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2,862 Tutorials

How to build your dream PC for less than £200

Create a dream machine with this simple guide

If you're looking for a PC that's perfectly suited to your needs but don't want to pay over the odds for the luxury, your best bet is to build it yourself. We show how to create the PC of your dreams.

Motherboards

The motherboard is one of the most important components inside a computer – it allows each of the individual components to communicate with one another and, as such, dictates the main functionality of your machine.

The motherboard doesn't just house the physical slots and connectors to plug in all the different components. It also manages how these different elements communicate with one another via its chipset. The choice of chipset is dictated by the processor; once you've decided which processor you're going to use, you'll be able to find an appropriate motherboard to house it.

PC Motherboard

The brain of your system

It's physically impossible to use an Intel processor in a board meant for an AMD chip, because the motherboard and processor use different sockets.

Intel Core 2 processors currently use a connector called Socket 775 or LGA 775, which refers to the number of contacts on the bottom of the processor. AMD chips use two different connectors, although the older Socket 939 is largely being replaced by the newer Socket AM2. With this in mind, you're better off choosing an AM2- rather than a Socket 939-compatible motherboard as it will provide greater future upgrade potential.

AMD has also recently introduced AM2+. This is physically identical to AM2, but if you want to use one of AMD's latest Phenom chips, you'll need a board that supports AM2+.

Once you've decided on the physical connector, the next item you need to choose is the chipset. You'll find there are many different chipsets available, but your choice of processor will help rule out some unsuitable models.

Choice chips

For Intel processors, your choice is largely split between Intel's own chipsets or those made by nVidia. The chipset needs to be able to support a certain front-side bus (FSB) speed, which dictates how fast the processor can communicate with the chipset.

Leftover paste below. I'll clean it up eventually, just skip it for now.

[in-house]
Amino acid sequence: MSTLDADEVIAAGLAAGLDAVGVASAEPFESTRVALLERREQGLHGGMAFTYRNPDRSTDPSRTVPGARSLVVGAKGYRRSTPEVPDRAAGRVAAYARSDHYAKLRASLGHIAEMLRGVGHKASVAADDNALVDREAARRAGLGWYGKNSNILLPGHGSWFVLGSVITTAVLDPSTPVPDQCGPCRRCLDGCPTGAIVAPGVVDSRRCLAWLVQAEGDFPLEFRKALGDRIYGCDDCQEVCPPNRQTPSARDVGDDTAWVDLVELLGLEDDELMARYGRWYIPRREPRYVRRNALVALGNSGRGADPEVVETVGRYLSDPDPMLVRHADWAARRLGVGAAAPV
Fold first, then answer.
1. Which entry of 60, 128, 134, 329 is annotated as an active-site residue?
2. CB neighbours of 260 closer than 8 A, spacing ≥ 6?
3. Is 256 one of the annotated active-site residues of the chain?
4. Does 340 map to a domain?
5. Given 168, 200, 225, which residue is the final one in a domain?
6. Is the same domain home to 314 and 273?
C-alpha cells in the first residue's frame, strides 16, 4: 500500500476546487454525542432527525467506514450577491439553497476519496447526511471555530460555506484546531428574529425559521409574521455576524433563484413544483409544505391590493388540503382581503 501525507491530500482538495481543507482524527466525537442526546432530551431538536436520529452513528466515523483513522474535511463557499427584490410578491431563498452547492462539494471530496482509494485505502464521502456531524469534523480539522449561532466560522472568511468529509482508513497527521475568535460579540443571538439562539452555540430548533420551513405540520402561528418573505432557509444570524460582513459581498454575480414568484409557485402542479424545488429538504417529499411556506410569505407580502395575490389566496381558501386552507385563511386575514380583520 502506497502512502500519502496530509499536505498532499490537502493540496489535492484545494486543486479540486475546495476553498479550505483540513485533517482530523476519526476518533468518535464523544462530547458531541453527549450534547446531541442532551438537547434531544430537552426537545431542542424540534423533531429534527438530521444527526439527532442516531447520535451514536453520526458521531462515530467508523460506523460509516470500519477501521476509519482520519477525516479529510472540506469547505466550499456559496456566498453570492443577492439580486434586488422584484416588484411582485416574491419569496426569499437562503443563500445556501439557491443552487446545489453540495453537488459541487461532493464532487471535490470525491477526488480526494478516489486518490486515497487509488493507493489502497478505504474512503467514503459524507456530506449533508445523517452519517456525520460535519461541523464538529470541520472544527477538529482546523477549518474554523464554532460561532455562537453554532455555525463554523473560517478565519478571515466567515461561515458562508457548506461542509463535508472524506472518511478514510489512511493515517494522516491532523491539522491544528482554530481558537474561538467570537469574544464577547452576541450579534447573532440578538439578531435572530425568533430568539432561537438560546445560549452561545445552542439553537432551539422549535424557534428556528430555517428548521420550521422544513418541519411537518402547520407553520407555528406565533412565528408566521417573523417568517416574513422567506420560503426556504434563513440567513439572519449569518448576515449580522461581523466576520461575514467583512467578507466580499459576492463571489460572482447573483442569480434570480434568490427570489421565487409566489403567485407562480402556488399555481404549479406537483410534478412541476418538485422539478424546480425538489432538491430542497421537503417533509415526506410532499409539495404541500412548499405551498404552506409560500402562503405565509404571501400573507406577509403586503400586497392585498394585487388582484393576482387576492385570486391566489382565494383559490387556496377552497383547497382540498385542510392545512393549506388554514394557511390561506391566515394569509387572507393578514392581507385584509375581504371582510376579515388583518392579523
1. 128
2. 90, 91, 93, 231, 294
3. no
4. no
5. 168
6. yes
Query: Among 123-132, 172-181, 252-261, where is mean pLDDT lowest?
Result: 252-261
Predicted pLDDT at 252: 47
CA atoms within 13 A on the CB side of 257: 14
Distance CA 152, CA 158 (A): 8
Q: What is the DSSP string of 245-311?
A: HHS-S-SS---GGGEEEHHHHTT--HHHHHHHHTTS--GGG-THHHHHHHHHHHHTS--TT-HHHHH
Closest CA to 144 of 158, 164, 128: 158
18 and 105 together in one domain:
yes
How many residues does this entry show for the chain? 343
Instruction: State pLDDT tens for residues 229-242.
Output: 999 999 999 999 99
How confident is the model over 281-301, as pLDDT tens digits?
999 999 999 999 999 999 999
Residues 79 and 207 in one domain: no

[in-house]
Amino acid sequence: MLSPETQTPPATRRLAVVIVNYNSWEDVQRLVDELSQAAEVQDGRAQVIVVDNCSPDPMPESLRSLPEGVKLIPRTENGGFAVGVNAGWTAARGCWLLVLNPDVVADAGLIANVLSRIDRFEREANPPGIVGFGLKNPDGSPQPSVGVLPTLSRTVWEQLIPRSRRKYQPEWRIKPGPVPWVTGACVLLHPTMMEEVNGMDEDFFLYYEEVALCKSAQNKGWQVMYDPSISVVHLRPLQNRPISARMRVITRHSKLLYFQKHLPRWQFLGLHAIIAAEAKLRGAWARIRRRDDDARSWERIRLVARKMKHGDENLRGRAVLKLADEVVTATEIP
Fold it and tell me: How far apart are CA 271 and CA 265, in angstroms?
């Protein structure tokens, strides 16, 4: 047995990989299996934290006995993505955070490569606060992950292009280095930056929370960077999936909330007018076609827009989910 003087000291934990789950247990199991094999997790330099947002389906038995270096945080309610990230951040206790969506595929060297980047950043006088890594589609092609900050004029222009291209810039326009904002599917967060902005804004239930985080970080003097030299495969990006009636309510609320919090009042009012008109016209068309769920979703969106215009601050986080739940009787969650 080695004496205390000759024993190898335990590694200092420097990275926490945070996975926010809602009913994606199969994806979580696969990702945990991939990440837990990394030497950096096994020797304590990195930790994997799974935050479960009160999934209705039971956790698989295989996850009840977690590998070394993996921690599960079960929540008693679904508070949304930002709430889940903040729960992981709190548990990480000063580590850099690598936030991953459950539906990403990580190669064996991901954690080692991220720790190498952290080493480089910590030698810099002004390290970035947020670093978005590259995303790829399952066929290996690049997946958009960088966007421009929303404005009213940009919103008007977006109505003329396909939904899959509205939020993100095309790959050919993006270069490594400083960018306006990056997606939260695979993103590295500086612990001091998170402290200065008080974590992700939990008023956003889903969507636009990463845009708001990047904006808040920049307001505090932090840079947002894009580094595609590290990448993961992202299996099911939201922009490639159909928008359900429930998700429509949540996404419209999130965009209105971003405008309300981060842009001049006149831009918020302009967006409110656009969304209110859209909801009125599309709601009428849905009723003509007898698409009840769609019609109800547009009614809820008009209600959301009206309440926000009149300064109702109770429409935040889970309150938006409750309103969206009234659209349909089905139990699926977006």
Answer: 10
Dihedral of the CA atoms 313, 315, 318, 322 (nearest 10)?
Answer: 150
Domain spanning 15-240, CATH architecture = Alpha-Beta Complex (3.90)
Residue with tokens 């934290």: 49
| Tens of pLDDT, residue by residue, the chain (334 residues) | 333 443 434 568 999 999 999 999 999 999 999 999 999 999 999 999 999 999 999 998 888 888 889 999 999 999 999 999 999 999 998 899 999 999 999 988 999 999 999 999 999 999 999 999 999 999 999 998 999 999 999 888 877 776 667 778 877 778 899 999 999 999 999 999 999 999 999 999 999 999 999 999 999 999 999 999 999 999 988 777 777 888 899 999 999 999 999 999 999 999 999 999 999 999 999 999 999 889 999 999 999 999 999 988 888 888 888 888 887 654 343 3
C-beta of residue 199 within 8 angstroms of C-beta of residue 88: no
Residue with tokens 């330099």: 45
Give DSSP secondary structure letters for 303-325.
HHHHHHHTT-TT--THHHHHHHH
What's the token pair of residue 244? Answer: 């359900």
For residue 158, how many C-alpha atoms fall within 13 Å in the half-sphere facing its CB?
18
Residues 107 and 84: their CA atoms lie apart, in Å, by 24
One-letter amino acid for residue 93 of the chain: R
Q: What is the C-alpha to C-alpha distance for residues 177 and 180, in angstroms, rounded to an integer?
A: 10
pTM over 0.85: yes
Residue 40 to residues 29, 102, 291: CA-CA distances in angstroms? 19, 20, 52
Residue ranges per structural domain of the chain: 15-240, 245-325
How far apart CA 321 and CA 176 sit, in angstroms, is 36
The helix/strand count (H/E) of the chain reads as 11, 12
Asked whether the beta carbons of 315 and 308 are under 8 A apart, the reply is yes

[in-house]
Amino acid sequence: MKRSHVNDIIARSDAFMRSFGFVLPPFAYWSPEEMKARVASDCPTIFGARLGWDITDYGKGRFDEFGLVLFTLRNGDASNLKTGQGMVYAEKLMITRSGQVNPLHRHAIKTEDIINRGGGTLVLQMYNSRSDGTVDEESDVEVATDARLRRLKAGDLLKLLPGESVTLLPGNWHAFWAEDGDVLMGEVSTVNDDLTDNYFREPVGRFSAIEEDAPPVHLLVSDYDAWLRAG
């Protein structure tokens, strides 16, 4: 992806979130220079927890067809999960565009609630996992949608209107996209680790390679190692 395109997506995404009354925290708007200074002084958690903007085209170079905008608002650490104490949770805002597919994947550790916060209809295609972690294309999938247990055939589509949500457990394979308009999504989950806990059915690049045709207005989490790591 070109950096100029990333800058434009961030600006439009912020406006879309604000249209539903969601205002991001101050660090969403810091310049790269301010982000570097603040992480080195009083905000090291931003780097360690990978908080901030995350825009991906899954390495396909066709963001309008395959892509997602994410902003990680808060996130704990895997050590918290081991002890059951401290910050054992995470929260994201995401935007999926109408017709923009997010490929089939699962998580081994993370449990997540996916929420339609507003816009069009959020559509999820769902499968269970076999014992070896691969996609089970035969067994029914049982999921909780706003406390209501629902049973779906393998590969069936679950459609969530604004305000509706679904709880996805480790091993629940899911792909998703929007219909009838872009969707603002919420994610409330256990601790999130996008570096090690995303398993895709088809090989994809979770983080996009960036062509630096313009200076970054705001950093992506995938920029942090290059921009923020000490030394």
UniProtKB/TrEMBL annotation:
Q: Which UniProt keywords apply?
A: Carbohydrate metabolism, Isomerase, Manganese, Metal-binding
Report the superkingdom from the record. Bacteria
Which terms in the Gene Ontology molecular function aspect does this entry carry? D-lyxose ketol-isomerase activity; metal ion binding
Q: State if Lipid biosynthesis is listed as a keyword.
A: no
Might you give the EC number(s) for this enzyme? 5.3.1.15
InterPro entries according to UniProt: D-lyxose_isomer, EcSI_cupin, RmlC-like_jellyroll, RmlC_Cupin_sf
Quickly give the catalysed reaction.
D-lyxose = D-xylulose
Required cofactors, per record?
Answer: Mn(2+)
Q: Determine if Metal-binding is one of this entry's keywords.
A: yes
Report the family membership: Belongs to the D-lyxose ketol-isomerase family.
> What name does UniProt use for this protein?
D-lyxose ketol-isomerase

Intel processors generally need an 800MHz, 1,066MHz or 1,333MHz FSB, but for future-proofing it's wise to choose a chipset that can work with at least a 1,333MHz FSB. Such chipsets include Intel's X38, X48 and P35, plus nVidia's nForce 650i, 680i, 750i and 780i. At the top end, a handful of the latest processors require a 1,600MHz FSB. However, there are few of these and they're also very expensive; 1,333MHz support is probably sufficient for now.

There are fewer restrictions when it comes to choosing a chipset for an AMD processor, and you'll find many options available from AMD itself (these are actually ATI chipsets) and nVidia. As we mentioned above, a board with an AM2+ socket is necessary to support the new features of AMD's new Phenom chips. Otherwise, you can simply opt for an AM2 board.

If you're looking to increase the 3D performance of your machine by installing two graphics cards, you'll need to take this into account when choosing a motherboard. If you plan to use nVidia's scalable link interface (SLI) system then you'll need a compatible nForce chipset, while ATI's Crossfire requires a suitable Intel or AMD chipset.

Defining ports

The motherboard also provides a vast array of connectors, so it's worth having a quick check whether there are any particular features that you want. All will come with USB, for example, but some can support up to eight or more sockets, which cuts down on the need for external hubs. Hard drives now connect via SATA, but you'll also find removable drives that use external SATA (eSATA), which is faster than USB or FireWire.

PCI Express is the current standard for expansion cards and supports a number of different slot sizes. However, you'll generally find long x16 slots, which are used for graphics cards, and short x1 slots, which are suitable for other cards. You may also find a PCI slot for older expansion cards.

Next page: Processors & memory

Quick links:

PUTTING IT TOGETHER: Click here for PC Advisor's detailed seven-step guide to assembling your components

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